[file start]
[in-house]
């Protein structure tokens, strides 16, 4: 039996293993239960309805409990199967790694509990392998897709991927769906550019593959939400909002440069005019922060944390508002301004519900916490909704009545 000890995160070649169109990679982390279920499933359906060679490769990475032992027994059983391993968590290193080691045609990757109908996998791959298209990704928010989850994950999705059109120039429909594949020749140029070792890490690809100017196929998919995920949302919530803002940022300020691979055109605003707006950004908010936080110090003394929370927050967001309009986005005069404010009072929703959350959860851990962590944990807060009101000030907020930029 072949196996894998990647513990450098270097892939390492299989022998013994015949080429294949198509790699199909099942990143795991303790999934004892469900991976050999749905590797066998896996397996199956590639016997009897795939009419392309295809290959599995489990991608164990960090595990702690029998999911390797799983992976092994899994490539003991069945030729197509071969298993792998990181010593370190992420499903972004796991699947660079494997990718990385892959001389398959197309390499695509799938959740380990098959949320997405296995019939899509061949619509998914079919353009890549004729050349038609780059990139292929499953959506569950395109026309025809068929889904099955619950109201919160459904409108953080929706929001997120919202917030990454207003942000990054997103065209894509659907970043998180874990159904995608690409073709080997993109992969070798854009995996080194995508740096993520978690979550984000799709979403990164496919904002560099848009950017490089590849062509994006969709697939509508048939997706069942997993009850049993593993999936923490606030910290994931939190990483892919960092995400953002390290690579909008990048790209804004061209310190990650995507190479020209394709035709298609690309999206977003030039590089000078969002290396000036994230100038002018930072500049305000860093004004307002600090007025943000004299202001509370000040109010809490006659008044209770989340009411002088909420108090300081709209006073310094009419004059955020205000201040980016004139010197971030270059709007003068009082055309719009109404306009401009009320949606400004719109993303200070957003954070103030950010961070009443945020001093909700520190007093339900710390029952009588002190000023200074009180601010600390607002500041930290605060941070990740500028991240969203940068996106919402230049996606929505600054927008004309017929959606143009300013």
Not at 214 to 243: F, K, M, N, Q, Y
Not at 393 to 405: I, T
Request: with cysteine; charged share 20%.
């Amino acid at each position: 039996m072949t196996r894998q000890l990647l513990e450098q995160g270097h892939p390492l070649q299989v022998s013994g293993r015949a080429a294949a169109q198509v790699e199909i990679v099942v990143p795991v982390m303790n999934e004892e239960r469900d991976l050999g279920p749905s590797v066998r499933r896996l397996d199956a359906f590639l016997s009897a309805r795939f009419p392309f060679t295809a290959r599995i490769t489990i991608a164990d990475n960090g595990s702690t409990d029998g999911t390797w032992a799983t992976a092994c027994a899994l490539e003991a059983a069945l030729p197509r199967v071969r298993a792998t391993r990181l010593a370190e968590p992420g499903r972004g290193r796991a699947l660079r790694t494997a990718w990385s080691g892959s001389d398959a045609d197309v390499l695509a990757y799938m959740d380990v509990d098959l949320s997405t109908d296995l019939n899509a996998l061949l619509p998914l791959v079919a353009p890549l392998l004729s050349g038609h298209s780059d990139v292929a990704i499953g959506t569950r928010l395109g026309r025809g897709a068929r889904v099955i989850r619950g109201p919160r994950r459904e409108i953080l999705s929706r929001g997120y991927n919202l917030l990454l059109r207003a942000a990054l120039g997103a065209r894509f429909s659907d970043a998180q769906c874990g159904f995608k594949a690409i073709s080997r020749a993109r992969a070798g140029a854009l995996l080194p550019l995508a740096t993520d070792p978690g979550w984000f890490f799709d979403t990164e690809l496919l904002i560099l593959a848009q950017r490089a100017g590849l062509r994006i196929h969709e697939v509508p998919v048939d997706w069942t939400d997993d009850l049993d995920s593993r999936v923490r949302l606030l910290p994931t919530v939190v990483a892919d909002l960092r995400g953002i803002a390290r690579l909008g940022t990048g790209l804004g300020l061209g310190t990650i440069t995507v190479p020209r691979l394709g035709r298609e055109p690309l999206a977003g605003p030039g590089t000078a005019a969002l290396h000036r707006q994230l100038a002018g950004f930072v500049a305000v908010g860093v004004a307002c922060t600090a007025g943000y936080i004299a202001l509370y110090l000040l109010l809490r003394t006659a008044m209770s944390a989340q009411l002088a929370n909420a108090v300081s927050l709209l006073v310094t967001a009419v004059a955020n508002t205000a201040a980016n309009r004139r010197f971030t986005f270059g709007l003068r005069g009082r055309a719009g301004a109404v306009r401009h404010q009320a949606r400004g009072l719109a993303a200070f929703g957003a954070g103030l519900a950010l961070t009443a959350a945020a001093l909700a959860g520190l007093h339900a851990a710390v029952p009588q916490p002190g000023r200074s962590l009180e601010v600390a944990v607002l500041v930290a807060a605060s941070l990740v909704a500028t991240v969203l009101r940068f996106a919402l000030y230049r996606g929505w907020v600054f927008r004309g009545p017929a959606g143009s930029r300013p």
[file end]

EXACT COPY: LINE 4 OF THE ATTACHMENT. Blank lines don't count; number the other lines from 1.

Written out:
Not at 393 to 405: I, T